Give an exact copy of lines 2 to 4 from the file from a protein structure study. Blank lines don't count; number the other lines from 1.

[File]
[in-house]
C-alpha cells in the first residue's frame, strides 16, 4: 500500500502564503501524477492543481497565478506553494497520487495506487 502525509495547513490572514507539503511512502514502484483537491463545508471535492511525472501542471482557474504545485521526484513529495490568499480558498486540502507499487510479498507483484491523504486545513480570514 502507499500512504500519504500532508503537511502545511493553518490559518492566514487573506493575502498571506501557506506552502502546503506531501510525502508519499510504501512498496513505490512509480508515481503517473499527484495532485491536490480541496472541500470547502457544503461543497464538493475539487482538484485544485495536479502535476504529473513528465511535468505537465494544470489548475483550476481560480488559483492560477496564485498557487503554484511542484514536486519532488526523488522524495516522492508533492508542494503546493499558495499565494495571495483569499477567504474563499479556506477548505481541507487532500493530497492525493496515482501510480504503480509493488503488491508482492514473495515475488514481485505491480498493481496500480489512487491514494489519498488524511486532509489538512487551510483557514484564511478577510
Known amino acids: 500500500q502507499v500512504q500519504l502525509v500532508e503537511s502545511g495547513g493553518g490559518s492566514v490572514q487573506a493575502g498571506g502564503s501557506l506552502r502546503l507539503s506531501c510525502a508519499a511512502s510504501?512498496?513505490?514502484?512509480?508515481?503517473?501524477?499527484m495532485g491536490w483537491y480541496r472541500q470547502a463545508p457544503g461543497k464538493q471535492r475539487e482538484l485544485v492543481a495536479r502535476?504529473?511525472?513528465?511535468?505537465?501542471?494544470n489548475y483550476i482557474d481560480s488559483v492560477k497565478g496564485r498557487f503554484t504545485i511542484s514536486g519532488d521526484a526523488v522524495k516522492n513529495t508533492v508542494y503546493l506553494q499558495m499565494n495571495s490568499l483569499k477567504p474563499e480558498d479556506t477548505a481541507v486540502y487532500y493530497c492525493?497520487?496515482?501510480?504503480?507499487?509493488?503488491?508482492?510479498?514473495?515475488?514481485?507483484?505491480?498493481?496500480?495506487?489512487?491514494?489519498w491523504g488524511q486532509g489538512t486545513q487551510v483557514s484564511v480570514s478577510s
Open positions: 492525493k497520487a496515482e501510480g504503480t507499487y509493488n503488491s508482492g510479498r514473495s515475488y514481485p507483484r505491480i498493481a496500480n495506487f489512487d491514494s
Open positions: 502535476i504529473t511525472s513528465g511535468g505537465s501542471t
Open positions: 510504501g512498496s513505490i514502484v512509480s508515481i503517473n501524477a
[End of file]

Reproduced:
C-alpha cells in the first residue's frame, strides 16, 4: 500500500502564503501524477492543481497565478506553494497520487495506487 502525509495547513490572514507539503511512502514502484483537491463545508471535492511525472501542471482557474504545485521526484513529495490568499480558498486540502507499487510479498507483484491523504486545513480570514 502507499500512504500519504500532508503537511502545511493553518490559518492566514487573506493575502498571506501557506506552502502546503506531501510525502508519499510504501512498496513505490512509480508515481503517473499527484495532485491536490480541496472541500470547502457544503461543497464538493475539487482538484485544485495536479502535476504529473513528465511535468505537465494544470489548475483550476481560480488559483492560477496564485498557487503554484511542484514536486519532488526523488522524495516522492508533492508542494503546493499558495499565494495571495483569499477567504474563499479556506477548505481541507487532500493530497492525493496515482501510480504503480509493488503488491508482492514473495515475488514481485505491480498493481496500480489512487491514494489519498488524511486532509489538512487551510483557514484564511478577510
Known amino acids: 500500500q502507499v500512504q500519504l502525509v500532508e503537511s502545511g495547513g493553518g490559518s492566514v490572514q487573506a493575502g498571506g502564503s501557506l506552502r502546503l507539503s506531501c510525502a508519499a511512502s510504501?512498496?513505490?514502484?512509480?508515481?503517473?501524477?499527484m495532485g491536490w483537491y480541496r472541500q470547502a463545508p457544503g461543497k464538493q471535492r475539487e482538484l485544485v492543481a495536479r502535476?504529473?511525472?513528465?511535468?505537465?501542471?494544470n489548475y483550476i482557474d481560480s488559483v492560477k497565478g496564485r498557487f503554484t504545485i511542484s514536486g519532488d521526484a526523488v522524495k516522492n513529495t508533492v508542494y503546493l506553494q499558495m499565494n495571495s490568499l483569499k477567504p474563499e480558498d479556506t477548505a481541507v486540502y487532500y493530497c492525493?497520487?496515482?501510480?504503480?507499487?509493488?503488491?508482492?510479498?514473495?515475488?514481485?507483484?505491480?498493481?496500480?495506487?489512487?491514494?489519498w491523504g488524511q486532509g489538512t486545513q487551510v483557514s484564511v480570514s478577510s
Open positions: 492525493k497520487a496515482e501510480g504503480t507499487y509493488n503488491s508482492g510479498r514473495s515475488y514481485p507483484r505491480i498493481a496500480n495506487f489512487d491514494s